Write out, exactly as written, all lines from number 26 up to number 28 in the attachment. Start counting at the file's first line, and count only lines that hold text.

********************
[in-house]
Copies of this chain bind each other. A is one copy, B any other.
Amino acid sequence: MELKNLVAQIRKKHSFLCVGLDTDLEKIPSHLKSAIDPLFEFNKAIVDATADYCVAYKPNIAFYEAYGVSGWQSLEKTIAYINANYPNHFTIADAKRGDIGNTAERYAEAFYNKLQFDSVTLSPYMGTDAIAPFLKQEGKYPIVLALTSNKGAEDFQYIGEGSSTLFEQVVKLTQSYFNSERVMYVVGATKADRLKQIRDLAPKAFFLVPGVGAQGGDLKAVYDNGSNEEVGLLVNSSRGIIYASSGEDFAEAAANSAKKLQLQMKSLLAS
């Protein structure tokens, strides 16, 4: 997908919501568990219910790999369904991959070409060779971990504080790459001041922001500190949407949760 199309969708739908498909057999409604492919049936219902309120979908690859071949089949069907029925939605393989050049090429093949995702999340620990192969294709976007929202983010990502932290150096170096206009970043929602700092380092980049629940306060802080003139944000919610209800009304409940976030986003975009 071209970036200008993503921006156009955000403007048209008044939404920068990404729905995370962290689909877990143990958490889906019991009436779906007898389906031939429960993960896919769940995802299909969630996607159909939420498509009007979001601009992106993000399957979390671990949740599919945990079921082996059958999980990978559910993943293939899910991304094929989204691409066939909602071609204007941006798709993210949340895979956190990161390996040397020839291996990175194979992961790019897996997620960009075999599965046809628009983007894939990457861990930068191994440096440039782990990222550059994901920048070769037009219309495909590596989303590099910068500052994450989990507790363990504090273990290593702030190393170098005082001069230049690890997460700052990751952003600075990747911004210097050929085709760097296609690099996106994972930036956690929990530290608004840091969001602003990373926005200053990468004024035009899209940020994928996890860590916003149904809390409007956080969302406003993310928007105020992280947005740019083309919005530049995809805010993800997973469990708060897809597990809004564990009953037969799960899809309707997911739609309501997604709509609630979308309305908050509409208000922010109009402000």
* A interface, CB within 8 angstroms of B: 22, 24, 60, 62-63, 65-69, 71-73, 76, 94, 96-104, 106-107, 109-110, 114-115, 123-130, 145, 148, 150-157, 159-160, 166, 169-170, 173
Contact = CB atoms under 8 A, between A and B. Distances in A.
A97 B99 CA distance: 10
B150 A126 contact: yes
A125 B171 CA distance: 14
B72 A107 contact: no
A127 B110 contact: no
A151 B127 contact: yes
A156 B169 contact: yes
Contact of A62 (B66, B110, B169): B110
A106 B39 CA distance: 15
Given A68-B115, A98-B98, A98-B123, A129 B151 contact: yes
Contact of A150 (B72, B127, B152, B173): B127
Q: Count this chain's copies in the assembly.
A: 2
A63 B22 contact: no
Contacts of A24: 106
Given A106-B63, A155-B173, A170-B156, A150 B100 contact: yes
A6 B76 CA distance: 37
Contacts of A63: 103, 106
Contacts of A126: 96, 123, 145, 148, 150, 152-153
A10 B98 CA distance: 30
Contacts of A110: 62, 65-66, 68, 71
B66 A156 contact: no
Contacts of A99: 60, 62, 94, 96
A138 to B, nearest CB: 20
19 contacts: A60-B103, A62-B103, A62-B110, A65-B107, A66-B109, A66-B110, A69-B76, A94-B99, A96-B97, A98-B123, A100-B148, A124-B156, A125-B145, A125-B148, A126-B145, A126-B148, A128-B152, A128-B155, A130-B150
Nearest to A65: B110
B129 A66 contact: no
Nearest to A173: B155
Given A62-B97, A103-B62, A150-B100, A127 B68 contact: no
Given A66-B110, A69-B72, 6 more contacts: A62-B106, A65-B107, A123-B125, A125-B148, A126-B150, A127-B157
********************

A10 B98 CA distance: 30
Contacts of A110: 62, 65-66, 68, 71
B66 A156 contact: no